Pub Date: May 31, 2022
Page Count: 352
Publisher: Harlequin MIRA
Review Posted Online: March 15, 2022
Kirkus Reviews Issue: April 1, 2022
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by Barbara Kingsolver ‧ RELEASE DATE: Oct. 18, 2022
An angry, powerful book seething with love and outrage for a community too often stereotyped or ignored.
Awards & Accolades
Best Books Of 2022
New York Times Bestseller
Pulitzer Prize Winner
Inspired by David Copperfield, Kingsolver crafts a 21st-century coming-of-age story set in America’s hard-pressed rural South.
It’s not necessary to have read Dickens’ famous novel to appreciate Kingsolver’s absorbing tale, but those who have will savor the tough-minded changes she rings on his Victorian sentimentality while affirming his stinging critique of a heartless society. Our soon-to-be orphaned narrator’s mother is a substance-abusing teenage single mom who checks out via OD on his 11th birthday, and Demon’s cynical, wised-up voice is light-years removed from David Copperfield’s earnest tone. Yet readers also see the yearning for love and wells of compassion hidden beneath his self-protective exterior. Like pretty much everyone else in Lee County, Virginia, hollowed out economically by the coal and tobacco industries, he sees himself as someone with no prospects and little worth. One of Kingsolver’s major themes, hit a little too insistently, is the contempt felt by participants in the modern capitalist economy for those rooted in older ways of life. More nuanced and emotionally engaging is Demon’s fierce attachment to his home ground, a place where he is known and supported, tested to the breaking point as the opiate epidemic engulfs it. Kingsolver’s ferocious indictment of the pharmaceutical industry, angrily stated by a local girl who has become a nurse, is in the best Dickensian tradition, and Demon gives a harrowing account of his descent into addiction with his beloved Dori (as naïve as Dickens’ Dora in her own screwed-up way). Does knowledge offer a way out of this sinkhole? A committed teacher tries to enlighten Demon’s seventh grade class about how the resource-rich countryside was pillaged and abandoned, but Kingsolver doesn’t air-brush his students’ dismissal of this history or the prejudice encountered by this African American outsider and his White wife. She is an art teacher who guides Demon toward self-expression, just as his friend Tommy provokes his dawning understanding of how their world has been shaped by outside forces and what he might be able to do about it.An angry, powerful book seething with love and outrage for a community too often stereotyped or ignored.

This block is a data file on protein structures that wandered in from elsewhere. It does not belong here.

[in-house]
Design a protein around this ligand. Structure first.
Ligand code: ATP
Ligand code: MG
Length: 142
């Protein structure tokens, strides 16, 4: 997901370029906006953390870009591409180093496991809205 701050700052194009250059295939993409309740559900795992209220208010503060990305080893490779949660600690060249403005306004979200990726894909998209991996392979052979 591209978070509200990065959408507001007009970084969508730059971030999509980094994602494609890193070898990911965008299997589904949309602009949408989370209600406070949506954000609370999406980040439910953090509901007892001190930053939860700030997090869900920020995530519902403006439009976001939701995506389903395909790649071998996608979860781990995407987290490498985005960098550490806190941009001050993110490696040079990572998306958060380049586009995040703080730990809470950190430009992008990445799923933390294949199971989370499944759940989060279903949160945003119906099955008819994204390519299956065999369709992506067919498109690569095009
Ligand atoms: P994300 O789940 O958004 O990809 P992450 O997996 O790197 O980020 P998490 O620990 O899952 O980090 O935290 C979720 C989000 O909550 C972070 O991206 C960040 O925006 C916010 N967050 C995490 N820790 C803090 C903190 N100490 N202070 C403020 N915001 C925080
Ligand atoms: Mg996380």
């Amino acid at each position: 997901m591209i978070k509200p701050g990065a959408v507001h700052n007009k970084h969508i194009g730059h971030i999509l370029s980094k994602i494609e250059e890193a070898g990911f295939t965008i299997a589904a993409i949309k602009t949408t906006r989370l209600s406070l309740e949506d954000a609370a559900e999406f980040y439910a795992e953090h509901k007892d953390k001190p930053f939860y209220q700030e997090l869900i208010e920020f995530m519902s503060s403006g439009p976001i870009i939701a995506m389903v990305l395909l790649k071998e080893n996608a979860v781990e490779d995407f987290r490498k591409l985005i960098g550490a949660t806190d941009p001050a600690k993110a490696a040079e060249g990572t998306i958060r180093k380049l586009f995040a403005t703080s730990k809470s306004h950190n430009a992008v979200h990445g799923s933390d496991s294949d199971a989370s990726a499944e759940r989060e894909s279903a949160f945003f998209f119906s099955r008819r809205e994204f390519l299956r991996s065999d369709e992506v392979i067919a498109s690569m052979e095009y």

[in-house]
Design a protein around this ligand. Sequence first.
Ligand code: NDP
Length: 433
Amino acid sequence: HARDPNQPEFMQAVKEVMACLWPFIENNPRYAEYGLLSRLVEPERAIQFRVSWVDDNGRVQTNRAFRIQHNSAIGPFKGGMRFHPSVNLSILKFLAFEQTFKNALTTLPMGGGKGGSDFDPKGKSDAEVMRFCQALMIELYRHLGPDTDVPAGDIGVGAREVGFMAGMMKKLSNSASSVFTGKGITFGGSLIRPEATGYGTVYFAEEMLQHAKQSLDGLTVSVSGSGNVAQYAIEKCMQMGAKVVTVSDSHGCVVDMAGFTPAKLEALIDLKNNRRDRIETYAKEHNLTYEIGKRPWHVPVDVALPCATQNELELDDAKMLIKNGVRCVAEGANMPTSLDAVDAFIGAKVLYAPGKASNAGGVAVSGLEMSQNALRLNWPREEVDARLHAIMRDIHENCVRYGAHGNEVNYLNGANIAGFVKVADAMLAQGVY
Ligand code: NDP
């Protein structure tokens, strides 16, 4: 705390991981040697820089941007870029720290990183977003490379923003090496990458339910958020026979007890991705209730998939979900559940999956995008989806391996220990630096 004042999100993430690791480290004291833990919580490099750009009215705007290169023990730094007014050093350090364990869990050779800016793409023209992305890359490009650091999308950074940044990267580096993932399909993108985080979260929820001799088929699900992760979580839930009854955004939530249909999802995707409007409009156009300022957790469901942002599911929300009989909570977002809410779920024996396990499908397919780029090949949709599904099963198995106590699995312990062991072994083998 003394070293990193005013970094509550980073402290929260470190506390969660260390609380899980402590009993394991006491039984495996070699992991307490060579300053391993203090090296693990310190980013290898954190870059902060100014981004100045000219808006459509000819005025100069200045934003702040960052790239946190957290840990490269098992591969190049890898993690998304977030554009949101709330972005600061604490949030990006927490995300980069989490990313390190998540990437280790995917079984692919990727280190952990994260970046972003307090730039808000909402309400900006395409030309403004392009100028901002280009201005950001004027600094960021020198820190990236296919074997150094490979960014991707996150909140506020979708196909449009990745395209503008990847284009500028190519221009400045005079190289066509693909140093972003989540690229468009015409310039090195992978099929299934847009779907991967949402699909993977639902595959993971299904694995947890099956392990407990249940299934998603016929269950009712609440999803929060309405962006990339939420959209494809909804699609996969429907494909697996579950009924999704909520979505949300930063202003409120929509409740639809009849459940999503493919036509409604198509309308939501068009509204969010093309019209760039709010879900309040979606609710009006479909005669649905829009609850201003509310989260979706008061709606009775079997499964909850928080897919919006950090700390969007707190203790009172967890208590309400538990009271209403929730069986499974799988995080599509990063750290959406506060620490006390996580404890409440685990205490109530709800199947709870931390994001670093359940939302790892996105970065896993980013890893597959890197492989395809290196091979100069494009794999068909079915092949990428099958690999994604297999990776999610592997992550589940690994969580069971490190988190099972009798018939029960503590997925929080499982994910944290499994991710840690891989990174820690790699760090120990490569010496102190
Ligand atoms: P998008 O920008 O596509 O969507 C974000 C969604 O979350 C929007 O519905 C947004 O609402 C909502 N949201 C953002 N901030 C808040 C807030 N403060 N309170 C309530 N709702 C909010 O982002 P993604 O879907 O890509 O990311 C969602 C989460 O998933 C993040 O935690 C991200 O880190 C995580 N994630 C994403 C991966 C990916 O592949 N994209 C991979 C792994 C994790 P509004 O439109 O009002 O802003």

Pub Date: Oct. 18, 2022
Page Count: 560
Review Posted Online: July 13, 2022
Kirkus Reviews Issue: Aug. 1, 2022